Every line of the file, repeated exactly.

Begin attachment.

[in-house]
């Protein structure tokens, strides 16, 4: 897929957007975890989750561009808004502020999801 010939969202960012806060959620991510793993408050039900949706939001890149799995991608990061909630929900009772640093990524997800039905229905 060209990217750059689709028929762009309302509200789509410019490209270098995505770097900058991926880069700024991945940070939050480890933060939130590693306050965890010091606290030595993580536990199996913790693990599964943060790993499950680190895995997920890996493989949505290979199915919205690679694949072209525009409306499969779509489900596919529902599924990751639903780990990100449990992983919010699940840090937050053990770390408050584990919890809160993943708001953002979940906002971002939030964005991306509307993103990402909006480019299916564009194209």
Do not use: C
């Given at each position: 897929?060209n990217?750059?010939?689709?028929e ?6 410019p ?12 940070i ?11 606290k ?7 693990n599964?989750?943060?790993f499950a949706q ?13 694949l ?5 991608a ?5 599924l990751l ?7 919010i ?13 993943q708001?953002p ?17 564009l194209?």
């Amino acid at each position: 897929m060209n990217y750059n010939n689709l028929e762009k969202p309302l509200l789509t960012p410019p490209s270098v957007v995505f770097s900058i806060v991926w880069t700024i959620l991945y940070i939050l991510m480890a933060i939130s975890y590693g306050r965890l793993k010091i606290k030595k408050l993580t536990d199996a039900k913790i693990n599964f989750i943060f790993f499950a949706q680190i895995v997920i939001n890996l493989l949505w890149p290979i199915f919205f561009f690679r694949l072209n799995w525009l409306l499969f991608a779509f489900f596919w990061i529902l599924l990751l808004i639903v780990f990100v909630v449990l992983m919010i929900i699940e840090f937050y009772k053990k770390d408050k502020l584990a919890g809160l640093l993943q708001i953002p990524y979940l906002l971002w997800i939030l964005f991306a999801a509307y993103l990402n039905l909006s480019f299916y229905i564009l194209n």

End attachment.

[in-house]
């Protein structure tokens, strides 16, 4: 897929957007975890989750561009808004502020999801 010939969202960012806060959620991510793993408050039900949706939001890149799995991608990061909630929900009772640093990524997800039905229905 060209990217750059689709028929762009309302509200789509410019490209270098995505770097900058991926880069700024991945940070939050480890933060939130590693306050965890010091606290030595993580536990199996913790693990599964943060790993499950680190895995997920890996493989949505290979199915919205690679694949072209525009409306499969779509489900596919529902599924990751639903780990990100449990992983919010699940840090937050053990770390408050584990919890809160993943708001953002979940906002971002939030964005991306509307993103990402909006480019299916564009194209």
Do not use: C
């Given at each position: 897929?060209n990217?750059?010939?689709?028929e ?6 410019p ?12 940070i ?11 606290k ?7 693990n599964?989750?943060?790993f499950a949706q ?13 694949l ?5 991608a ?5 599924l990751l ?7 919010i ?13 993943q708001?953002p ?17 564009l194209?």
């Amino acid at each position: 897929m060209n990217y750059n010939n689709l028929e762009k969202p309302l509200l789509t960012p410019p490209s270098v957007v995505f770097s900058i806060v991926w880069t700024i959620l991945y940070i939050l991510m480890a933060i939130s975890y590693g306050r965890l793993k010091i606290k030595k408050l993580t536990d199996a039900k913790i693990n599964f989750i943060f790993f499950a949706q680190i895995v997920i939001n890996l493989l949505w890149p290979i199915f919205f561009f690679r694949l072209n799995w525009l409306l499969f991608a779509f489900f596919w990061i529902l599924l990751l808004i639903v780990f990100v909630v449990l992983m919010i929900i699940e840090f937050y009772k053990k770390d408050k502020l584990a919890g809160l640093l993943q708001i953002p990524y979940l906002l971002w997800i939030l964005f991306a999801a509307y993103l990402n039905l909006s480019f299916y229905i564009l194209n």